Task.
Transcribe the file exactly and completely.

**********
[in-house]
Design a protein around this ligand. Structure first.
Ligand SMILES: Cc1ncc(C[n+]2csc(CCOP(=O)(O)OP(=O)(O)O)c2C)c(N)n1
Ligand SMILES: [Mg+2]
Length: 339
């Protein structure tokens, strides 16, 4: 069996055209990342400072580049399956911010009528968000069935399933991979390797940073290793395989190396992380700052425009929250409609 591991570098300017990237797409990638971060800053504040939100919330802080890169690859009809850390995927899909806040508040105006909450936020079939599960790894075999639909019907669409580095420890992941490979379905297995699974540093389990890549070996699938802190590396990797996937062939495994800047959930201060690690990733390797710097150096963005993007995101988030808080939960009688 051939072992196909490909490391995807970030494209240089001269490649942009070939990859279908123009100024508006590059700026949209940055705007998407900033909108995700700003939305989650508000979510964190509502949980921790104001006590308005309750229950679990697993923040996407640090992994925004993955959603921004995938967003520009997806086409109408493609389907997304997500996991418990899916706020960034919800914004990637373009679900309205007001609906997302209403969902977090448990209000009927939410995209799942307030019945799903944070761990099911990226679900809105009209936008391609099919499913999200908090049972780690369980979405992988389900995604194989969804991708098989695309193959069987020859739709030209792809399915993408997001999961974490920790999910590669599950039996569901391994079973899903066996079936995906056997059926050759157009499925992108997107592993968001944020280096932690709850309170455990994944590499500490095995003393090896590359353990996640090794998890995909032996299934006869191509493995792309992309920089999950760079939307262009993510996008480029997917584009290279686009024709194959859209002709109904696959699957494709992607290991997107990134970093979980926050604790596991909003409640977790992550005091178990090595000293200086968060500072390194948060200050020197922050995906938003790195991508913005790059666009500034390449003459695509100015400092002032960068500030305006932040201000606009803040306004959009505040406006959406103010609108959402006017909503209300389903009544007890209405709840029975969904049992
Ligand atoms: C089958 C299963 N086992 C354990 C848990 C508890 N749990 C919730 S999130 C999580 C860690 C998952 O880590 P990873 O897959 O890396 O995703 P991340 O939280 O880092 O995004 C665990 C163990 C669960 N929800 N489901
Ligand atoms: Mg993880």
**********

[in-house]
Design a protein around this ligand. Structure first.
Ligand SMILES: Cc1ncc(C[n+]2csc(CCOP(=O)(O)OP(=O)(O)O)c2C)c(N)n1
Ligand SMILES: [Mg+2]
Length: 339
């Protein structure tokens, strides 16, 4: 069996055209990342400072580049399956911010009528968000069935399933991979390797940073290793395989190396992380700052425009929250409609 591991570098300017990237797409990638971060800053504040939100919330802080890169690859009809850390995927899909806040508040105006909450936020079939599960790894075999639909019907669409580095420890992941490979379905297995699974540093389990890549070996699938802190590396990797996937062939495994800047959930201060690690990733390797710097150096963005993007995101988030808080939960009688 051939072992196909490909490391995807970030494209240089001269490649942009070939990859279908123009100024508006590059700026949209940055705007998407900033909108995700700003939305989650508000979510964190509502949980921790104001006590308005309750229950679990697993923040996407640090992994925004993955959603921004995938967003520009997806086409109408493609389907997304997500996991418990899916706020960034919800914004990637373009679900309205007001609906997302209403969902977090448990209000009927939410995209799942307030019945799903944070761990099911990226679900809105009209936008391609099919499913999200908090049972780690369980979405992988389900995604194989969804991708098989695309193959069987020859739709030209792809399915993408997001999961974490920790999910590669599950039996569901391994079973899903066996079936995906056997059926050759157009499925992108997107592993968001944020280096932690709850309170455990994944590499500490095995003393090896590359353990996640090794998890995909032996299934006869191509493995792309992309920089999950760079939307262009993510996008480029997917584009290279686009024709194959859209002709109904696959699957494709992607290991997107990134970093979980926050604790596991909003409640977790992550005091178990090595000293200086968060500072390194948060200050020197922050995906938003790195991508913005790059666009500034390449003459695509100015400092002032960068500030305006932040201000606009803040306004959009505040406006959406103010609108959402006017909503209300389903009544007890209405709840029975969904049992
Ligand atoms: C089958 C299963 N086992 C354990 C848990 C508890 N749990 C919730 S999130 C999580 C860690 C998952 O880590 P990873 O897959 O890396 O995703 P991340 O939280 O880092 O995004 C665990 C163990 C669960 N929800 N489901
Ligand atoms: Mg993880």